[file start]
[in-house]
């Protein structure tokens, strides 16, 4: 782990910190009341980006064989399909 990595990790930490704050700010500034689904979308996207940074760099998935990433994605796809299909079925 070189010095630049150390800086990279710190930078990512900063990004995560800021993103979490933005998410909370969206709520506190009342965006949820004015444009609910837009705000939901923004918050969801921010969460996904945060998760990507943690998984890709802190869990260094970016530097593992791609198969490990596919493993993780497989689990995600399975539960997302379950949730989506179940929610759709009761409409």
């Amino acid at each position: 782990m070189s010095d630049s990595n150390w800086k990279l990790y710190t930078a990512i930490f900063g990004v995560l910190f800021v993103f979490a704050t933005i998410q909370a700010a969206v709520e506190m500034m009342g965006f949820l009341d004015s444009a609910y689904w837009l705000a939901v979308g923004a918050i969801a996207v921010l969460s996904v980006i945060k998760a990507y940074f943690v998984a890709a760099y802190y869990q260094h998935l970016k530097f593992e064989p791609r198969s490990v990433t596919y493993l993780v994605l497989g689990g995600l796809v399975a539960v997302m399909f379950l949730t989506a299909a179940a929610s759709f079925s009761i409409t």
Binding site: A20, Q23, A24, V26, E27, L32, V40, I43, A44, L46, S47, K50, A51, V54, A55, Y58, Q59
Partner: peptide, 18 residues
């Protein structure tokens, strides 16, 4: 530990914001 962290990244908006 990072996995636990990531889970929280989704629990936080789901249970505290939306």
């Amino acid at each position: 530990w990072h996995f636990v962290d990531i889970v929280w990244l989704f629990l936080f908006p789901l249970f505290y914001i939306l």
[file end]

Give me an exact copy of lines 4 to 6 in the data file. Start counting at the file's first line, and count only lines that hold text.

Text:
Binding site: A20, Q23, A24, V26, E27, L32, V40, I43, A44, L46, S47, K50, A51, V54, A55, Y58, Q59
Partner: peptide, 18 residues
């Protein structure tokens, strides 16, 4: 530990914001 962290990244908006 990072996995636990990531889970929280989704629990936080789901249970505290939306």